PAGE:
Sabtu, 03 Desember 2011

Chapter 18 : Superposition and Standing Wave (part II)


Standing waves can be set up in a tube of air, such as that inside an organ pipe, as the result of interference between longitudinal sound waves traveling in opposite directions. The phase relationship between the incident wave and the wave reflected from one end of the pipe depends on whether that end is open or closed. This relationship is analogous to the phase relationships between incident and reflected transverse waves at the end of a string when the end is either fixed or free to move.
In a pipe closed at one end, the closed end is a displacement node because the
wall at this end does not allow longitudinal motion of the air. As a result, at a closed end of a pipe, the reflected sound wave is 180° out of phase with the incident wave. Furthermore, because the pressure wave is 90° out of phase with the displacement wave, the closed end of an air column corresponds to a pressure antinode (that is, a point of maximum pressure variation).
            The open end of an air column is approximately a displacement antinode2 and a pressure node. With the boundary conditions of nodes or antinodes at the ends of the air column, we have a set of normal modes of oscillation, as we do for the string fixed at both ends. Thus, the air column has quantized frequencies. The first three normal modes of oscillation of a pipe open at both ends are shown in Figure 18.18a. Note that both ends are displacement antinodes (approximately). In the first normal mode, the standing wave extends between two adjacent antinodes, which is a distance of half a wavelength. Thus, the wavelength is twice the length of the pipe, and the fundamental frequency is .

As Figure 18.18a shows, the frequencies of the higher harmonics are 2f1, 3f1, . . . . Thus, we can say that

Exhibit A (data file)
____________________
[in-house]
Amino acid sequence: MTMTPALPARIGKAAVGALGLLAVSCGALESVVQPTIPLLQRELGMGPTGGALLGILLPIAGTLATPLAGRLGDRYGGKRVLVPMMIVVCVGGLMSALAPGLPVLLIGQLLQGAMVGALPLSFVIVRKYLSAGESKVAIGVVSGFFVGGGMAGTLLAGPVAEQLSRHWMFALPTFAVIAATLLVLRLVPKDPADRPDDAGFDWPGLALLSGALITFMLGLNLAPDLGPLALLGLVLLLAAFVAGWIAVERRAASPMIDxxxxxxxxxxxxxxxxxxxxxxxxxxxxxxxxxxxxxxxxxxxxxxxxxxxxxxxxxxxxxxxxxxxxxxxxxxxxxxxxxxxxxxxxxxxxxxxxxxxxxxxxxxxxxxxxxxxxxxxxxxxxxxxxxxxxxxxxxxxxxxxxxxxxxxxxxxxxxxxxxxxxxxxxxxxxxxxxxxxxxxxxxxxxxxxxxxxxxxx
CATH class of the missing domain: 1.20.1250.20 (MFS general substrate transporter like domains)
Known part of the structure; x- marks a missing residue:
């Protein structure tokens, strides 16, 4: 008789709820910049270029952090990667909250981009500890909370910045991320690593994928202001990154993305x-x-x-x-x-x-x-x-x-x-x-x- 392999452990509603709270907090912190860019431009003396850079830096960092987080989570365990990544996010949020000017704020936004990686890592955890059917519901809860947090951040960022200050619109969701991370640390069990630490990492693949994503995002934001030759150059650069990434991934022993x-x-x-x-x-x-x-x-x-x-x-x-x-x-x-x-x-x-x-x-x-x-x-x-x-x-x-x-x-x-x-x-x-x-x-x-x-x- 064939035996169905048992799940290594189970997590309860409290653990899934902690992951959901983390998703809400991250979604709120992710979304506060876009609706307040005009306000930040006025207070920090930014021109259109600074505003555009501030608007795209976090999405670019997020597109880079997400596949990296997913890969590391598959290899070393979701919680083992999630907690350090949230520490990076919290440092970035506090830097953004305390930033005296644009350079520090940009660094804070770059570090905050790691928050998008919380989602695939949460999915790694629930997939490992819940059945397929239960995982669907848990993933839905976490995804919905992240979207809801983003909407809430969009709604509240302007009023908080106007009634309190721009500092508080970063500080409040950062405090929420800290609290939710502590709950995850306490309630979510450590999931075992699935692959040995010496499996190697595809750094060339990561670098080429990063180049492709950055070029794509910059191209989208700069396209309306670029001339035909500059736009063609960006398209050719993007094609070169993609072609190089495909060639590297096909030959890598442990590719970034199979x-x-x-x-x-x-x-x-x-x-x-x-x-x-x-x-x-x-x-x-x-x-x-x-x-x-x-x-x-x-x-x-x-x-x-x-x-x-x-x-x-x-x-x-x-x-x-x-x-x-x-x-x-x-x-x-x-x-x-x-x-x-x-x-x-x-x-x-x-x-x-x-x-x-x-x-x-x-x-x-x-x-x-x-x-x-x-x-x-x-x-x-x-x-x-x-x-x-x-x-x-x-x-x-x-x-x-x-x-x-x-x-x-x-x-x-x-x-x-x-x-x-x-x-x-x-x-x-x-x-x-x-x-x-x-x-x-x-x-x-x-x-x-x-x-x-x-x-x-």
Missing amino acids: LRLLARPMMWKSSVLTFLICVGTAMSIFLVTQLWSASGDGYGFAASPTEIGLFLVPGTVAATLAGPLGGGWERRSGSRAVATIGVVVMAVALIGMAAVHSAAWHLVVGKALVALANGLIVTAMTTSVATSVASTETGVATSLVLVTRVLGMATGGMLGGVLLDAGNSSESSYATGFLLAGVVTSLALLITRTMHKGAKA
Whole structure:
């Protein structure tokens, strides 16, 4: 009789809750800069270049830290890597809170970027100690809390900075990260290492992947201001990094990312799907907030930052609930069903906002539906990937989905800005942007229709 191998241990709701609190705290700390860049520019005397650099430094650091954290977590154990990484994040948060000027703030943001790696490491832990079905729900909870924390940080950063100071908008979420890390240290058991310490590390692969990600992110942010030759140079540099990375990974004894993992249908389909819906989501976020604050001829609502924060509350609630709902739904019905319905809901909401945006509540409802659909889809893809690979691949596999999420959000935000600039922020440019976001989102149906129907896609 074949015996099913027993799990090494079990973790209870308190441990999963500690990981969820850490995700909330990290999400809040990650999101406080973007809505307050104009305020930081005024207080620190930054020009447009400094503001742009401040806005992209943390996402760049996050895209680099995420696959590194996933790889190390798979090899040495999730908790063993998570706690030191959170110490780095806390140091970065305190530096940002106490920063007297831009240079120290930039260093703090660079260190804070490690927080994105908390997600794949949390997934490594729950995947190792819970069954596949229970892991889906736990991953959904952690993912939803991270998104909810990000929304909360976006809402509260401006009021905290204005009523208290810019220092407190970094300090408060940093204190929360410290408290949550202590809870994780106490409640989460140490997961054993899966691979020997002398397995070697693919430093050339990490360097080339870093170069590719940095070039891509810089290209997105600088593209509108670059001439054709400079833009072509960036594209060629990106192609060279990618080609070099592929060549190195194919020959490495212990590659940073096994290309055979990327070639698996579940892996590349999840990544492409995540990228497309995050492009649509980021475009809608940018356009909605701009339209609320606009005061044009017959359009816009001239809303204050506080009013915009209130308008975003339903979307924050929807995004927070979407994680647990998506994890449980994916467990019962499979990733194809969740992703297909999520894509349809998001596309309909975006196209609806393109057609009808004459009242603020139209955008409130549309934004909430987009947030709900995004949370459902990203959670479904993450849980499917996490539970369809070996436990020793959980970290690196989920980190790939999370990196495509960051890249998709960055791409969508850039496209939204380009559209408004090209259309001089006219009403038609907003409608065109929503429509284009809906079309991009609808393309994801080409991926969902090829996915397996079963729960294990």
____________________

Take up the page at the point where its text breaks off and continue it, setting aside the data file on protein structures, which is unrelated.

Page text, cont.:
Because all harmonics are present, and because the fundamental frequency is given by
the same ex ssion as that for a string, we can express the natural frequencies
of oscillation as
If a pipe is closed at one end and open at the other, the closed end is a displacement node. In this case, the standing wave for the fundamental mode extends from an antinode to the adjacent node, which is one fourth of a wavelength. Hence, the wavelength for the first normal mode is 4L, and the fundamental frequency is .

As Figure 18.18b shows, the higher-frequency waves that satisfy our conditions are those that have a node at the closed end and an antinode at the open end; this means that the higher harmonics have frequencies  


In a pipe closed at one end, the natural frequencies of oscillation form a harmonic series that includes only odd integral multiples of the fundamental frequency. We express this result mathematically as

Musical instruments based on air columns are generally excited by resonance. The air column is presented with a sound wave that is rich in many frequencies. The air column then responds with a large-amplitude oscillation to the frequencies that match the quantized frequencies in its set of harmonics. In many woodwind instruments, the initial rich sound is provided by a vibrating reed. In the brasses, this excitation is provided by the sound coming from the vibration of the player’s lips. In a flute, the initial excitation comes from blowing over an edge at the mouthpiece of the instrument. This is similar to blowing across the opening of a bottle with a narrow neck. The sound of the air rushing across the edge has many frequencies, including one that sets the air cavity in the bottle into resonance.